Share This Article:

Aetiology of Tick-Borne Infections in an Adult Swedish Population—Are Co-Infections with Multiple Agents Common?

Full-Text HTML Download Download as PDF (Size:367KB) PP. 31-40
DOI: 10.4236/ojcd.2014.41007    2,968 Downloads   3,965 Views Citations

ABSTRACT

In Scandinavia, tick-borne infections affecting humans include Lyme borreliosis (LB), tick-borne encephalitis (TBE) and human granulocytic anaplasmosis (HGA). Each of these infections can present with unspecific symptoms. In this prospective clinical study, we recruited patients based on two independent inclusion criteria; 1) patients with unspecific symptoms, i.e. fever (≥38.0℃) or a history of feverishness and/or any combination of headache, myalgia or arthralgia and 2) patients with erythema migrans (EM), following an observed tick bite or tick exposure within one month prior to onset of symptoms. A total of 206 patients fulfilled the study. Among these, we could identify 186 cases of LB (174 with EM), 18 confirmed and two probable cases of HGA and two cases of TBE. Thirteen of the HGA cases presented without fever. Furthermore, 22 of the EM patients had a sub-clinical co-infection with Anaplasma phagocytophilum, based on serology. Both TBE cases had co-infections, one with Borrelia burgdorferi and one with Anaplasma phagocytophilum. We conclude that it is important to consider several causative agents and possible co-infections in the clinical management of infectious diseases where ticks may be suspected as vectors.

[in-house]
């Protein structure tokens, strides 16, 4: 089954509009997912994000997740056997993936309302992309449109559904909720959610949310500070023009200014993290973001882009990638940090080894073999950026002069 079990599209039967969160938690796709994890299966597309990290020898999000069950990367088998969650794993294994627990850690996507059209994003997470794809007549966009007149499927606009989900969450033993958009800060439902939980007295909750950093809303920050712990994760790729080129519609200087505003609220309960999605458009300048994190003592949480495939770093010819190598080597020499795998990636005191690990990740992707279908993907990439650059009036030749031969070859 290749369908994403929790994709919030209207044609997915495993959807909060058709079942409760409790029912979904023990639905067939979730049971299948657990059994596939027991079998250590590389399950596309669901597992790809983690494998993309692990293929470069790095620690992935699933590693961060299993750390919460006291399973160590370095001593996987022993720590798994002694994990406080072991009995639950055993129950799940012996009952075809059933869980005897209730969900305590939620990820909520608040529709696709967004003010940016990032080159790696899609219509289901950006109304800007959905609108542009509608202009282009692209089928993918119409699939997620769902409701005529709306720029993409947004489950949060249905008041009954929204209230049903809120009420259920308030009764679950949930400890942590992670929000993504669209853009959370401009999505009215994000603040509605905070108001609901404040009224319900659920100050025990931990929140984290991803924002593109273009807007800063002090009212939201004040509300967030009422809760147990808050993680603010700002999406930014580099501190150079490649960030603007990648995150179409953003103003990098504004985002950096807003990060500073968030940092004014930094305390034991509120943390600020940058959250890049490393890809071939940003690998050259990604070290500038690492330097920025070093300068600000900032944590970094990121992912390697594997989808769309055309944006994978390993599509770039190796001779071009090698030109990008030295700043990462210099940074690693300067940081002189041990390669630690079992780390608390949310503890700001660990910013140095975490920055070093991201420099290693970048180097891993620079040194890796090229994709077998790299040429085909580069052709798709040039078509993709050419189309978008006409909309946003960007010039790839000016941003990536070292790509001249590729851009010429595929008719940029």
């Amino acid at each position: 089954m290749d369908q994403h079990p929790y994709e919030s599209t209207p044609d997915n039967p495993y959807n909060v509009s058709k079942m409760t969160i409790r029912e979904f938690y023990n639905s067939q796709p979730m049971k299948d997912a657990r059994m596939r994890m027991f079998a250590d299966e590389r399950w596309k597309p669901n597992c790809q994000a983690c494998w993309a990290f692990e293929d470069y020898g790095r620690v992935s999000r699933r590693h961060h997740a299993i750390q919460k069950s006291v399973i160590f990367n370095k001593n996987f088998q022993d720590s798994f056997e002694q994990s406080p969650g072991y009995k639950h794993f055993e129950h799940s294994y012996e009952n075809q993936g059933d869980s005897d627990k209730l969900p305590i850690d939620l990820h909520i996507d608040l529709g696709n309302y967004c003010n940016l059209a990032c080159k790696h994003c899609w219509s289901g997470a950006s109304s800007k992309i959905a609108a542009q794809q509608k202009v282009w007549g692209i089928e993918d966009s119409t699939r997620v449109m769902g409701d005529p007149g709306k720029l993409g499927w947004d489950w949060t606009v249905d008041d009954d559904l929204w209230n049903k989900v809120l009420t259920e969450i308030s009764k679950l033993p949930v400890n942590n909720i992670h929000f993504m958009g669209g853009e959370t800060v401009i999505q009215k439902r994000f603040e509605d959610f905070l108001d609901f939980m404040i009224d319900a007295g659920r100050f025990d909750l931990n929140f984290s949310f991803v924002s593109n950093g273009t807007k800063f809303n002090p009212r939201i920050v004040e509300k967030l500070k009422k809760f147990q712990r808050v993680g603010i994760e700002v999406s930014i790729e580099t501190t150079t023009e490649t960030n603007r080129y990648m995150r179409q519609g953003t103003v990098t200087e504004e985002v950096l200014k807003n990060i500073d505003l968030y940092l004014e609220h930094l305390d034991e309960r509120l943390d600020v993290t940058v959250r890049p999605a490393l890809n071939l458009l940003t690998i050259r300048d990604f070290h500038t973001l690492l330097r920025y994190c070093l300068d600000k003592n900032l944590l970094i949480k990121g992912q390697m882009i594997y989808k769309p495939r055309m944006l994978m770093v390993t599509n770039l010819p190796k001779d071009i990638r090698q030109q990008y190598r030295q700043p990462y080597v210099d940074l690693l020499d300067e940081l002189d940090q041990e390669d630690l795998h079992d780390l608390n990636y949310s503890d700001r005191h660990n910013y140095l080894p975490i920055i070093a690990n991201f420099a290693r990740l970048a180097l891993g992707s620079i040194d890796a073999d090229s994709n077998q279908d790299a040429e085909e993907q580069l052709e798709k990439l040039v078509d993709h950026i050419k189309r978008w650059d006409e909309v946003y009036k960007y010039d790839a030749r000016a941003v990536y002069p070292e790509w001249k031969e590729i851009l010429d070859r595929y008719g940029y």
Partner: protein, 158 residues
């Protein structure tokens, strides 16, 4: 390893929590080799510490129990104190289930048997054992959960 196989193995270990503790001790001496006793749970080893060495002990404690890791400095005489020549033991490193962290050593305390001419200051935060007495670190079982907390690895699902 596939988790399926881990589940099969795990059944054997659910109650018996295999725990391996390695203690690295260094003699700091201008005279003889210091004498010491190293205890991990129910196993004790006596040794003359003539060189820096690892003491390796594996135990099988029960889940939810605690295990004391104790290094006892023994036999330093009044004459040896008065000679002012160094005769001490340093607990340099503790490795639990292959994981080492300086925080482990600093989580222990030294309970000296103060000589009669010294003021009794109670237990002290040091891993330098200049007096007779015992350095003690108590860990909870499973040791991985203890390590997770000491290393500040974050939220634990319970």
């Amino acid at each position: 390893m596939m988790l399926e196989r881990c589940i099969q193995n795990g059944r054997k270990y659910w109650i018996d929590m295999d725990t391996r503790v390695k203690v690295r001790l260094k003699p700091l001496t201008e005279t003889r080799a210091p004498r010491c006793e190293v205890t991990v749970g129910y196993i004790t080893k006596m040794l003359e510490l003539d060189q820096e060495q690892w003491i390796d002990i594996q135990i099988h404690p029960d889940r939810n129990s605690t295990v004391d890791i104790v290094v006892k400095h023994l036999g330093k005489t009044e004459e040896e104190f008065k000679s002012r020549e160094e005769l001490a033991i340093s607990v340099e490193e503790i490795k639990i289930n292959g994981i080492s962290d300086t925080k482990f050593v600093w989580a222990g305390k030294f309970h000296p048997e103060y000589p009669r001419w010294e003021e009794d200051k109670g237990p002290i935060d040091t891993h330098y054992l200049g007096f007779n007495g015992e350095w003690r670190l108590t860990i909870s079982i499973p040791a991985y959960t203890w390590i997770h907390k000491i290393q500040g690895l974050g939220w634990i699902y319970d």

Cite this paper

Nordberg, M. , Forsberg, P. , Berglund, J. , Bjöersdorff, A. , Ernerudh, J. , Garpmo, U. , Haglund, M. , Nilsson, K. and Eliasson, I. (2014) Aetiology of Tick-Borne Infections in an Adult Swedish Population—Are Co-Infections with Multiple Agents Common?. Open Journal of Clinical Diagnostics, 4, 31-40. doi: 10.4236/ojcd.2014.41007.

Copyright © 2019 by authors and Scientific Research Publishing Inc.

Creative Commons License

This work and the related PDF file are licensed under a Creative Commons Attribution 4.0 International License.